A commemorative postage stamp on Surendra Sai, an Indian freedom fighter and tribal leader :
Issued by India
Issued on Dec 30, 1986
Issued for : The Department of Posts feels privileged to issue a Commemorative stamp in honour of Shri Veer Surendra Sai in the series “India‘s struggle for Freedom“.
Description of Designs : The 50 P multicolour stamp has been designed by India Security Press, Nashik Road. The First Day Cover has been designed by Shri Kashinath Raha. The Cancellation has been designed by Mrs. Alka Sharma.
Type : Stamp, Mint Condition
Colour : Multi colour
Denomination : 50 Paise
Overall size : 4.06 x 2.73 cms.
Printing size : 3.71 x 2.38 cms.
Perforation : 13 x 13
Paper : Indigenous Unwatermarked P.G. Coated stamp paper
Number printed : 10,00,000
Number per issue sheet : 40
Printing Process : Photogravure
Printed at : India Security Press
Name : Surendra Sai
Born on Jan 23, 1809 at Khinda, Bengal Presidency, British India [now in Sambalpur, Odisha]
Died on May 23, 1884 at Asirgarh Fort, Central Provinces, British India [now at Satpura Range, Madhya Pradesh]
- The story of the first Indian struggle for freedom of 1857 would not be complete without the mention of Veer Surendra Sai. Though the great revolt of 1857 was suppressed elsewhere in India by 1858, it continued till 1862 in the district of Sambalpur in Orissa, largely due to efforts of Veer Surendra Sai.
- Born on 23rd January, 1809 in the Village Khinda about 30 kms in the north of Sambalpur in Orissa, Surendra Sai was one of the seven children of Dharma Singh. In a claim to the throne of Sambalpur, Surendra Sai rose in rebellion against the British much before there was any sign of mutiny of 1857. Surendra Sai was imprisoned for 5 years, a term which was later converted to life imprisonment.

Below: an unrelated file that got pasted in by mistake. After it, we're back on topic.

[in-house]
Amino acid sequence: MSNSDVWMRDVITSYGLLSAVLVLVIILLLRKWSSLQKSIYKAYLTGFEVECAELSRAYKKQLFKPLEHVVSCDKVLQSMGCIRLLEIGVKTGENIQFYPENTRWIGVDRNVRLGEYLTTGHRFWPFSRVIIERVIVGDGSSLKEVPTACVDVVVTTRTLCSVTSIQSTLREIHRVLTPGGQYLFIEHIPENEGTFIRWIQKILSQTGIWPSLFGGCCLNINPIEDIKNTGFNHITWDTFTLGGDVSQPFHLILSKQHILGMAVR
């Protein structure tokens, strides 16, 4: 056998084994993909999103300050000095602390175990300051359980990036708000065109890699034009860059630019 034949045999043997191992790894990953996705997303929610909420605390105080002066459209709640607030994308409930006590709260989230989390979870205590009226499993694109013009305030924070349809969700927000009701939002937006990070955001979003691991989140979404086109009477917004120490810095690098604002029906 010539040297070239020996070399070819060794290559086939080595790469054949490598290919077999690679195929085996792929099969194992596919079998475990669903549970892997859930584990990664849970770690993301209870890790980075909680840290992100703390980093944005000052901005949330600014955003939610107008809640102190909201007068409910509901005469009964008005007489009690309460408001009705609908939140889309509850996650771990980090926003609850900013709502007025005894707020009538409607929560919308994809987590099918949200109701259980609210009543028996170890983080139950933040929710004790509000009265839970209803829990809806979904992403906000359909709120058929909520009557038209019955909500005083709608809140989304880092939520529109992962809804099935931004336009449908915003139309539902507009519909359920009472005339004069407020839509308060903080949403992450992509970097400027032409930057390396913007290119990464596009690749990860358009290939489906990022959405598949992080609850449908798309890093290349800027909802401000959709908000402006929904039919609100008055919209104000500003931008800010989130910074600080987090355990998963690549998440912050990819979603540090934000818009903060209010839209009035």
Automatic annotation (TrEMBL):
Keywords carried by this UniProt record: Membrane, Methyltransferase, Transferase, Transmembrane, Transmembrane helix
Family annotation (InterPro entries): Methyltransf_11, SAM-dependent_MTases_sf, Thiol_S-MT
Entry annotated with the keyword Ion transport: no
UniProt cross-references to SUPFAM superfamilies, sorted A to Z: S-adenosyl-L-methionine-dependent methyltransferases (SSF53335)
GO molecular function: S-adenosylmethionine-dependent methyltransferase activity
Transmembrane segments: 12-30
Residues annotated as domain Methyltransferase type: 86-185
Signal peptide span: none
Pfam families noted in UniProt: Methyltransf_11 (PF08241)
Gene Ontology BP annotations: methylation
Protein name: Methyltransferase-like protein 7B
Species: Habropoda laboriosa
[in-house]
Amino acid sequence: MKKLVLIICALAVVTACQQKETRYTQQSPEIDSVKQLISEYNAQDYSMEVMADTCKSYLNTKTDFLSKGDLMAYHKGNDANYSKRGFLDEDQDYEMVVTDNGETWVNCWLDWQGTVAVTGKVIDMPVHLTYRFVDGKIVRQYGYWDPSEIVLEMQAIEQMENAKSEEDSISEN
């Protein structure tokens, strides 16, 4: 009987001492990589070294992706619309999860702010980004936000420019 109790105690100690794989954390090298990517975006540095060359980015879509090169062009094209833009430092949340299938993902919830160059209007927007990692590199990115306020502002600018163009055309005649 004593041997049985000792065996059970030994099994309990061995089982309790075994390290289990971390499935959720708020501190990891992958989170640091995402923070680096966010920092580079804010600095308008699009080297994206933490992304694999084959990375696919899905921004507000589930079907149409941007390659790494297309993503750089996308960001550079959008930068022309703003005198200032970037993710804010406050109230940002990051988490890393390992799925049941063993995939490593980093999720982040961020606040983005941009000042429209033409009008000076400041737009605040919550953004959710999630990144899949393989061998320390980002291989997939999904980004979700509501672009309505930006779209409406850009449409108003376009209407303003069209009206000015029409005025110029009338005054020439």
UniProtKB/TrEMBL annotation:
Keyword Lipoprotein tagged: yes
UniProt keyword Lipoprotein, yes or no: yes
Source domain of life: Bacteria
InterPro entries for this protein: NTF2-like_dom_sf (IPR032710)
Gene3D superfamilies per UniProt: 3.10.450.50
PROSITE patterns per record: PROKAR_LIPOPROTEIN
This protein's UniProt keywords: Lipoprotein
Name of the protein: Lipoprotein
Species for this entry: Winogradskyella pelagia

- Surendra Sai along with his brother broke open from jail after 17 years. Soon Surendra Sai established himself with a contingent of about 1600 men and fought constant battles with the British. The British strengthened their forces at Sambalpur but inspite of all efforts, Surendra Sai still remained at large. In 1861, conciliatory measures were adopted by the British to offer free pardon to rebels. While the first proclamation of amnesty excluded Surendra Sai, his brother, Udwant Sai and his son Mitrabhanu, second amnesty proclamation extended amnesty to these three leaders. Followers of Surendra Sai continued defiance against the British. Captain Cumberledge considered Surendra Sai to be the brain behind the fresh uprising. Surendra Sai and some of his followers including his son in his own house were arrested at Khinda on January 23, 1864. It was not proved before the Judicial Commissioner, Mr. J.S. Campbell that Surendra Sai was responsible for fresh uprising and revolt. Nevertheless Surendra Sai and six others were detained at Nagpur on the ground that Surendra Sai was a dangerous political offender, likely to disturb the tranquility of the district, if released. All the seven prisoners were taken to the Fort of Asirgarh in 1866. Surendra Sai died in prison on February 28, 1884.